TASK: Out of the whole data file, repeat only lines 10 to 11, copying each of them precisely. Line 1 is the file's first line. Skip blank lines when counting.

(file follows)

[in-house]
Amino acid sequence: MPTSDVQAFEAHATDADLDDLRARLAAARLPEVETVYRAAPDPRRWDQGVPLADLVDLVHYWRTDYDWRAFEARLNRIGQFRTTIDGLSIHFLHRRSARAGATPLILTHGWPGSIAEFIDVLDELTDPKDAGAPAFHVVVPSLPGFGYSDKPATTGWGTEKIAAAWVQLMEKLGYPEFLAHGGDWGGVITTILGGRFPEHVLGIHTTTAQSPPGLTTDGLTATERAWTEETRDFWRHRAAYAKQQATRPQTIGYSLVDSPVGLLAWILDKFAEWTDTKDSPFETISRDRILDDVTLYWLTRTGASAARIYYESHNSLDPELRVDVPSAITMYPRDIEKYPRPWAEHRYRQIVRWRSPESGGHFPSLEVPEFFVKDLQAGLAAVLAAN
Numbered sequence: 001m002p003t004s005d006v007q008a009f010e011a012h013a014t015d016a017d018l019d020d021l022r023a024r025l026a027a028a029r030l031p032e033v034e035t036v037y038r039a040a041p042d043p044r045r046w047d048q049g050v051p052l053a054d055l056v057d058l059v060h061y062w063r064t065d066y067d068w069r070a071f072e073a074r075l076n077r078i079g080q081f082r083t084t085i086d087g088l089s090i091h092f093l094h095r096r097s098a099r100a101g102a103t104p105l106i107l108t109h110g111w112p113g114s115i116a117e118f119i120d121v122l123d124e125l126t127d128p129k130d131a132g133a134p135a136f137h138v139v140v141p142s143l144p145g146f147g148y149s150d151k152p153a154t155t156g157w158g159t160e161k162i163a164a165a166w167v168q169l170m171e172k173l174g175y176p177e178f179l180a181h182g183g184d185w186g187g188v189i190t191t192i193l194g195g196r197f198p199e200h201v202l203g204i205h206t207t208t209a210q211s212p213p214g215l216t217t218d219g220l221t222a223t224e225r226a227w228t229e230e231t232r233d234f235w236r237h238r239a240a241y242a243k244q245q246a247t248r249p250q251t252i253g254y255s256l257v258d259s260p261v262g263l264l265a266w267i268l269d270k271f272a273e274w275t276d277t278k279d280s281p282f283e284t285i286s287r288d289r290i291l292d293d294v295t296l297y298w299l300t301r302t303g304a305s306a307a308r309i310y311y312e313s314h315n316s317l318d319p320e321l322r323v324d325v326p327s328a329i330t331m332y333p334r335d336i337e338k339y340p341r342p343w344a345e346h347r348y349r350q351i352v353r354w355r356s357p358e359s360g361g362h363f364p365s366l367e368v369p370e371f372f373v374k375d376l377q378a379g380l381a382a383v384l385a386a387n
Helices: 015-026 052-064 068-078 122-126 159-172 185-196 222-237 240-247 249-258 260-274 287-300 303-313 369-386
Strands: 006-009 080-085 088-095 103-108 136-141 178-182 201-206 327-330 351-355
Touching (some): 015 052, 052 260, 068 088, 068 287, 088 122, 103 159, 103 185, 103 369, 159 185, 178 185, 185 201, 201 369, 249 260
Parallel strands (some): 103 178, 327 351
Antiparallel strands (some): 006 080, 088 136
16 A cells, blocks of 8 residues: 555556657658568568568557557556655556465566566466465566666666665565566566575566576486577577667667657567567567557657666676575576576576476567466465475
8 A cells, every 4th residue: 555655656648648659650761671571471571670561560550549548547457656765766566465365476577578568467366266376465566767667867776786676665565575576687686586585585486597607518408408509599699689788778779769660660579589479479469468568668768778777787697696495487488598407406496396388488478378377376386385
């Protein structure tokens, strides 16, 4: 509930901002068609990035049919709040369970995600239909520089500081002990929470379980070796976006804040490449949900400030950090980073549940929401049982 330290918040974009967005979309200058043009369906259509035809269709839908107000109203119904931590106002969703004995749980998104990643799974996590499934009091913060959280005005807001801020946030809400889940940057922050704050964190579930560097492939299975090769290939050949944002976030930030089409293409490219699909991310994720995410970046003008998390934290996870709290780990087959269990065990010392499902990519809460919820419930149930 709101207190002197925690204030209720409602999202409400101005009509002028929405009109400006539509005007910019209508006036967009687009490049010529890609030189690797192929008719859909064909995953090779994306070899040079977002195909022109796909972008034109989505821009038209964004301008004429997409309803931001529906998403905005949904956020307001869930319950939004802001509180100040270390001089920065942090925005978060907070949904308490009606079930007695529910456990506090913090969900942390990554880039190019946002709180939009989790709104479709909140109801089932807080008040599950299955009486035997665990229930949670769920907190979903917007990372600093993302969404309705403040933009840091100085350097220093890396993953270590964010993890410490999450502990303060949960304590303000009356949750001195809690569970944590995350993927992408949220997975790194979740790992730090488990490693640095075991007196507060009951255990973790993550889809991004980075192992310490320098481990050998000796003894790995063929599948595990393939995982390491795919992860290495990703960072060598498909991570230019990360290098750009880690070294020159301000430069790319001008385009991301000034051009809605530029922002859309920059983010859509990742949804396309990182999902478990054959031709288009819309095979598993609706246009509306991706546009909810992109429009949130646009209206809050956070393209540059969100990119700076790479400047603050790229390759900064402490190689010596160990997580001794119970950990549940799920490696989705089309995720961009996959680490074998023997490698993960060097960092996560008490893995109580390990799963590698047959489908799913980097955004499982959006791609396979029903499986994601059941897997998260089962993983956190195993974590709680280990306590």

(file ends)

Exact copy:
8 A cells, every 4th residue: 555655656648648659650761671571471571670561560550549548547457656765766566465365476577578568467366266376465566767667867776786676665565575576687686586585585486597607518408408509599699689788778779769660660579589479479469468568668768778777787697696495487488598407406496396388488478378377376386385
């Protein structure tokens, strides 16, 4: 509930901002068609990035049919709040369970995600239909520089500081002990929470379980070796976006804040490449949900400030950090980073549940929401049982 330290918040974009967005979309200058043009369906259509035809269709839908107000109203119904931590106002969703004995749980998104990643799974996590499934009091913060959280005005807001801020946030809400889940940057922050704050964190579930560097492939299975090769290939050949944002976030930030089409293409490219699909991310994720995410970046003008998390934290996870709290780990087959269990065990010392499902990519809460919820419930149930 709101207190002197925690204030209720409602999202409400101005009509002028929405009109400006539509005007910019209508006036967009687009490049010529890609030189690797192929008719859909064909995953090779994306070899040079977002195909022109796909972008034109989505821009038209964004301008004429997409309803931001529906998403905005949904956020307001869930319950939004802001509180100040270390001089920065942090925005978060907070949904308490009606079930007695529910456990506090913090969900942390990554880039190019946002709180939009989790709104479709909140109801089932807080008040599950299955009486035997665990229930949670769920907190979903917007990372600093993302969404309705403040933009840091100085350097220093890396993953270590964010993890410490999450502990303060949960304590303000009356949750001195809690569970944590995350993927992408949220997975790194979740790992730090488990490693640095075991007196507060009951255990973790993550889809991004980075192992310490320098481990050998000796003894790995063929599948595990393939995982390491795919992860290495990703960072060598498909991570230019990360290098750009880690070294020159301000430069790319001008385009991301000034051009809605530029922002859309920059983010859509990742949804396309990182999902478990054959031709288009819309095979598993609706246009509306991706546009909810992109429009949130646009209206809050956070393209540059969100990119700076790479400047603050790229390759900064402490190689010596160990997580001794119970950990549940799920490696989705089309995720961009996959680490074998023997490698993960060097960092996560008490893995109580390990799963590698047959489908799913980097955004499982959006791609396979029903499986994601059941897997998260089962993983956190195993974590709680280990306590």